Brad Underwood and his staff received a huge commitment last month in 7-foot center Samba Kane. Kane is originally from Senegal and played high school basketball for Florida Preparatory Academy.
Kane provides the Illini front-court with much needed length and athleticism. Illinois’ defensive FG% at the rim was amongst the worst in the country last year. Underwood and the staff are hoping Kane can be a large part of the solution to that problem. Kane is an ideal big man for Underwood’s style of play. He’s long and athletic and can run rim to rim. He has potential to develop a more polished back-to-the-basket offensive game while in Champaign, but that’s not necessity, especially right away.
Let’s get into what we might see in the short term and long term from Samba Kane.
Worst Case Scenario
Kane is an international big man prospect who has reclassified from the class of 2019 up to the class of 2018 so there are even more unknowns and question marks than a more traditional prospect. The fear is that those unknowns last the entirety of his freshman season.
It’s very possible that Kane comes to campus and simply isn’t ready for this level of basketball right out of the gate. If the speed of the game gives him problems, he could be a foul machine early on and not be able to stay on the floor.
Not only would this hurt the 2018-19 team, but it would hurt Kane’s development for the future as well. He needs as many reps and as much live game action as possible.
Best Case Scenario
Kane is going to have an opportunity right away as a freshman. I would suspect that Spicy G will have the trust of Underwood and the upper hand on the starting center position, but it’s entirely possible that Kane is the clear-cut starter by the time conference play roles around. If Kane can adjust to the speed of the game, stay out of foul trouble and learn his responsibilities in Underwood’s system, he would instantly become one of the most valuable pieces on the Illini roster.
Ideally, Illini fans would love to see two or three Kane dunks per game, along with a block or two to cover up the openings given up by Underwood’s perimeter pressure defense. If Kane can play 20-plus minutes of solid defense and give the Illini five points, four boards and one or two blocks per game, that would provide a huge lift and be a very successful freshman campaign.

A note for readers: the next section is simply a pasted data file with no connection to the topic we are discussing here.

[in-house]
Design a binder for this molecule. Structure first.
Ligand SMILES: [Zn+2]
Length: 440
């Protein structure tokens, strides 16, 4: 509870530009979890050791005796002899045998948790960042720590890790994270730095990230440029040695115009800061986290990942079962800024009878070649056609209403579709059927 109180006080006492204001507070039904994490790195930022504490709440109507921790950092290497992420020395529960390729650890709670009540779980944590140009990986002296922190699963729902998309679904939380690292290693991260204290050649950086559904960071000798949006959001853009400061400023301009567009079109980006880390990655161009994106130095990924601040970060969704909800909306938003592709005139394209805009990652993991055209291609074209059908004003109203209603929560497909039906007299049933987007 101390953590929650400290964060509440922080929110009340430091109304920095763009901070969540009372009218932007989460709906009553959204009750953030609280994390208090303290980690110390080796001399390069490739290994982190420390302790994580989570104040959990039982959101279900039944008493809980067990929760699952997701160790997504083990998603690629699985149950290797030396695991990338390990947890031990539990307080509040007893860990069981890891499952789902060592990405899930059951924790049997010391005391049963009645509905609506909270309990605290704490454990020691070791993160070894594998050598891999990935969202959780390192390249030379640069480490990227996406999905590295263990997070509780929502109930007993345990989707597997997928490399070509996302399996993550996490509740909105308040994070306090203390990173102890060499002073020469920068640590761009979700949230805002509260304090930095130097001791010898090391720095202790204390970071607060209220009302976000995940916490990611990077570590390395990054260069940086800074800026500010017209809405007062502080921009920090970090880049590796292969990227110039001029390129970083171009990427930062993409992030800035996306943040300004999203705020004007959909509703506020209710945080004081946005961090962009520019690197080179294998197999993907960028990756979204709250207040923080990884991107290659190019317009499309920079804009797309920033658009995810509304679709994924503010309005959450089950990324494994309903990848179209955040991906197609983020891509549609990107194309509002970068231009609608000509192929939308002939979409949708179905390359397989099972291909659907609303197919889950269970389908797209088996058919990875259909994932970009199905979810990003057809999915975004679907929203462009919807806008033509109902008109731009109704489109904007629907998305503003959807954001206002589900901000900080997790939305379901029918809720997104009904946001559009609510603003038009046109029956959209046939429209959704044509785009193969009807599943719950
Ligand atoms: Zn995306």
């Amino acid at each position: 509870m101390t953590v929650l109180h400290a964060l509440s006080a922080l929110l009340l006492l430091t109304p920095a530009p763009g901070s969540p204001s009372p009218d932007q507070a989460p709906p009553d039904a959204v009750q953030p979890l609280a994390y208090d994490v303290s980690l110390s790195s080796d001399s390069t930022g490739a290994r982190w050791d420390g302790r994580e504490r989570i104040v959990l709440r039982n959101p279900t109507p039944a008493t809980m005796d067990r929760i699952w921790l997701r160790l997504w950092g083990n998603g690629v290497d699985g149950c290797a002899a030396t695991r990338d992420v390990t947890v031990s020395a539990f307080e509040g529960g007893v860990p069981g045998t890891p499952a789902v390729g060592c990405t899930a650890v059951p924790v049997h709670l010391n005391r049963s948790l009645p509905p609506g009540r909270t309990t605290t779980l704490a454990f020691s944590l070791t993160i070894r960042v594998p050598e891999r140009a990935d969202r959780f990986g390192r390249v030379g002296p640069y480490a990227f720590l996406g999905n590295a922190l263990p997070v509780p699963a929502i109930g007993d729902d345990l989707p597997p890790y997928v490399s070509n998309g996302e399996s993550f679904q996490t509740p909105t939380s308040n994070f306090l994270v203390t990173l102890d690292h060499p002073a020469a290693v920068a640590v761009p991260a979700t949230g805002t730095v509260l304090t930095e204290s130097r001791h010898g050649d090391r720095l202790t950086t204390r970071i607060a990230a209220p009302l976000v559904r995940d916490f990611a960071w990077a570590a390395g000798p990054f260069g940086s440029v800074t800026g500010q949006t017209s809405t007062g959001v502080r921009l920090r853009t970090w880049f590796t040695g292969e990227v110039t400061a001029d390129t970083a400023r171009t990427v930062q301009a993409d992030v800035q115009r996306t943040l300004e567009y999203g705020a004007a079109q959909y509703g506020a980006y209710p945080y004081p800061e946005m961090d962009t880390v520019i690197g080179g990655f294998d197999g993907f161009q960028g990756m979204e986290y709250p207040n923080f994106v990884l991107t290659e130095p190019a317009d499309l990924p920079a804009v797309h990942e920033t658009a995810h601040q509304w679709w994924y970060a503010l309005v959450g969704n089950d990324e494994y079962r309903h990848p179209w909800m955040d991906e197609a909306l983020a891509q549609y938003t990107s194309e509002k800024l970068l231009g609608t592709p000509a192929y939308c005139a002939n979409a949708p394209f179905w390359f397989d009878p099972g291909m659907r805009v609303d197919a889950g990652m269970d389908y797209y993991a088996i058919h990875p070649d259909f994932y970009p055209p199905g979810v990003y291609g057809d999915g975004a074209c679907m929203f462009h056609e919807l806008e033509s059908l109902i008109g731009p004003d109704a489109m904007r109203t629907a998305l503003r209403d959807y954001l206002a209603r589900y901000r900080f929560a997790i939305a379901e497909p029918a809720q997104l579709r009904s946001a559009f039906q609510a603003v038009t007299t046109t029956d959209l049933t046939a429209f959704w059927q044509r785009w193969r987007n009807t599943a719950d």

As for his career, Kane has the potential to find himself on the all-time Illini leaderboard for blocked shots and rebounds. He has the opportunity to be a 3-4 year starter and be the anchor to the teams that could bring the University back to the NCAA Tournament after a long hiatus.
Most Realstic Scenario
Kane will likely play backup center minutes to either Spicy G or a player not currently on the roster. Kane will probably end up playing 10-15 minutes a game and be able to provide better rim protection than anyone else on last year’s team. He’ll be able to bring some explosive alley-oops on offense, but likely not much more.
While his length and size will make him an exciting option on defense, he will likely battle foul trouble as most freshman bigs do. His fouls per minute and defensive oversights will be frustrating but his defensive potential will be obvious.
Kane is a rim runner and an athlete that has the skills necessary to succeed in Underwood’s system. Hopefully with Kane it is a matter of “when” — and not “if” — he can contribute in Champaign. Expect some bumps in the road his freshman year, but Kane has the makeup of a solid contributor to the Illini frontcourt for years to come.